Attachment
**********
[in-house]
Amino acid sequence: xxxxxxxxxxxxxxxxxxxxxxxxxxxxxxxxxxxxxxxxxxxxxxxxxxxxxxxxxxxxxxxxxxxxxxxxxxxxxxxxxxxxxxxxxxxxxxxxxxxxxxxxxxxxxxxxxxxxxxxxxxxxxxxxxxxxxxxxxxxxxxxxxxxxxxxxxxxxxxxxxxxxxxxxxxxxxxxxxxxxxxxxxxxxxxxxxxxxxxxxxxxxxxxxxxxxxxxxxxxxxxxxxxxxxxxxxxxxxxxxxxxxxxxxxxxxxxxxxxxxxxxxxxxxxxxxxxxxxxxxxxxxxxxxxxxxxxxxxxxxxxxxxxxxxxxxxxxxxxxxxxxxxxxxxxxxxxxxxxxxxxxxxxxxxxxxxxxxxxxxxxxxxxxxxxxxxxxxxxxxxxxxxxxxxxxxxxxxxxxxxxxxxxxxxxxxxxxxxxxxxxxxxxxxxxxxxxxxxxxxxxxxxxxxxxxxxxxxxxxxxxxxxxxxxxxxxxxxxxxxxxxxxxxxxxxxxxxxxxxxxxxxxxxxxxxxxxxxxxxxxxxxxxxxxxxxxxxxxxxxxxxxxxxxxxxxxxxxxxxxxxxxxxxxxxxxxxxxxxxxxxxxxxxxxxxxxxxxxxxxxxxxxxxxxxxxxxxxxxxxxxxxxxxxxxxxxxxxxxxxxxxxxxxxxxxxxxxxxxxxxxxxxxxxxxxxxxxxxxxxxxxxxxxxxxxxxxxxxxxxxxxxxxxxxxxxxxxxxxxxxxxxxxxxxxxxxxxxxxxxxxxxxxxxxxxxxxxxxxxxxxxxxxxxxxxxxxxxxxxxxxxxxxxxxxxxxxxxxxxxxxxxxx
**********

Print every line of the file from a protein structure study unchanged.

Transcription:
[in-house]
Amino acid sequence: xxxxxxxxxxxxxxxxxxxxxxxxxxxxxxxxxxxxxxxxxxxxxxxxxxxxxxxxxxxxxxxxxxxxxxxxxxxxxxxxxxxxxxxxxxxxxxxxxxxxxxxxxxxxxxxxxxxxxxxxxxxxxxxxxxxxxxxxxxxxxxxxxxxxxxxxxxxxxxxxxxxxxxxxxxxxxxxxxxxxxxxxxxxxxxxxxxxxxxxxxxxxxxxxxxxxxxxxxxxxxxxxxxxxxxxxxxxxxxxxxxxxxxxxxxxxxxxxxxxxxxxxxxxxxxxxxxxxxxxxxxxxxxxxxxxxxxxxxxxxxxxxxxxxxxxxxxxxxxxxxxxxxxxxxxxxxxxxxxxxxxxxxxxxxxxxxxxxxxxxxxxxxxxxxxxxxxxxxxxxxxxxxxxxxxxxxxxxxxxxxxxxxxxxxxxxxxxxxxxxxxxxxxxxxxxxxxxxxxxxxxxxxxxxxxxxxxxxxxxxxxxxxxxxxxxxxxxxxxxxxxxxxxxxxxxxxxxxxxxxxxxxxxxxxxxxxxxxxxxxxxxxxxxxxxxxxxxxxxxxxxxxxxxxxxxxxxxxxxxxxxxxxxxxxxxxxxxxxxxxxxxxxxxxxxxxxxxxxxxxxxxxxxxxxxxxxxxxxxxxxxxxxxxxxxxxxxxxxxxxxxxxxxxxxxxxxxxxxxxxxxxxxxxxxxxxxxxxxxxxxxxxxxxxxxxxxxxxxxxxxxxxxxxxxxxxxxxxxxxxxxxxxxxxxxxxxxxxxxxxxxxxxxxxxxxxxxxxxxxxxxxxxxxxxxxxxxxxxxxxxxxxxxxxxxxxxxxxxxxxxxxxxx